But, they don’t seem to be willing to work with their “adversaries” — taggers and street artists (who are sometimes one and the same). As activists, the committee members seem to fail to acknowledge graffiti as a form of activism.
I was having a fairly civil discussion with some of the members, when this organizer hovered by a few times, probably drawn in by the gesticulations of debate and thought. They joined us, and I presented my views. My entire premise was a constructive critique that the group lacked appeal for potential younger and edgier participants (perhaps a bit like myself) whose definition of beauty is heavily grounded in public works of art. Street artists envision a city full of murals, and I learned that the committee is actually making an effort to commission some artists. Problems arise,however, with lack of city funding and the regulations surrounding UNESCO World Heritage sites, which forbid murals to be painted on older buildings and architectural structures.
But there’s also an “us versus them” or “good versus evil” mentality that seems to be the spirit of the group. Anti-graffiti campaigns tend to thrive off of this pervasive rhetoric of moral superiority. The organizations usually accompany the process of gentrification, in which neighborhoods are renovated not for the preservation of their culture, but for their monetary aesthetic value. After some conversation, I didn’t think that gentrification was the motive of the group. However, without a clear mission statement, and without strong public relations tactics that address these particular concerns that have been raised by some citizens of Cuenca, I can see how some audiences could be bothered by the committee’s presence. I wanted to make the committee’s leaders aware of this perspective. Currently, their “About This Group” section on their private Facebook page only addresses tagging, yet the timeline is encouraging of public artwork and full of beautiful pieces of street art throughout Cuenca and across the world. I think this statement warrants an update in order to avoid misrepresenting their motives.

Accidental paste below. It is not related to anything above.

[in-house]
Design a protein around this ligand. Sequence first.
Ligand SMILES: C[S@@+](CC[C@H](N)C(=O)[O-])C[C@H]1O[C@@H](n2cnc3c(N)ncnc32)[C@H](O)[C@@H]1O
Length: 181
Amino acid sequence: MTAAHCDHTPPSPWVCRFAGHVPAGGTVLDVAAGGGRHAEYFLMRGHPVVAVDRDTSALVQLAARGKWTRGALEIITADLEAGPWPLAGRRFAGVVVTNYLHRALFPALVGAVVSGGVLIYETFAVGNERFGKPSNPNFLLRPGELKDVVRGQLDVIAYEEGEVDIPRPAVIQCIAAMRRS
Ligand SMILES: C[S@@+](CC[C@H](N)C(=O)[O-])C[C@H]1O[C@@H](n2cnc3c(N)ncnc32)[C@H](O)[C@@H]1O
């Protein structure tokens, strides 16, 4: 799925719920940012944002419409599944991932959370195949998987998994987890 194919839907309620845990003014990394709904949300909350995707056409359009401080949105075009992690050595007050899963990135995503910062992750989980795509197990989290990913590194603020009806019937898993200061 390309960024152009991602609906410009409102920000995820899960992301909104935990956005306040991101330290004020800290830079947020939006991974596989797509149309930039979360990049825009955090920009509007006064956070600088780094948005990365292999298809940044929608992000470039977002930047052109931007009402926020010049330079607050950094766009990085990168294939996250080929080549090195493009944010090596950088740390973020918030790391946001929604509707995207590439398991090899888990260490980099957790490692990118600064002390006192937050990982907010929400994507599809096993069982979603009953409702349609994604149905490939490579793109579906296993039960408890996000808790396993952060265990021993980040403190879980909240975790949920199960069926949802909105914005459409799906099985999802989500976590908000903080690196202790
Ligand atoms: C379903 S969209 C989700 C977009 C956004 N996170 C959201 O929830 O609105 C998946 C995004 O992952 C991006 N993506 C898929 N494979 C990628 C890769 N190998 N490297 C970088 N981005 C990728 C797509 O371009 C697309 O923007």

The aforementioned precautions could help these community activists from repeating the same debate and line of defense over and over again. For me, this was my first time having this conversation, and I approached it with excitement. Ultimately, the conversation ended with the other party leaving abruptly after my argument was deemed “elementary,” as if I weren’t allowed to be critical. Though they say that they’ve invited taggers to attend their meetings, after this incomplete discussion, I find it hard to believe that those spearheading the committee are open to dialogue with artists and meeting their expectations of beauty. I hope that they prove me wrong.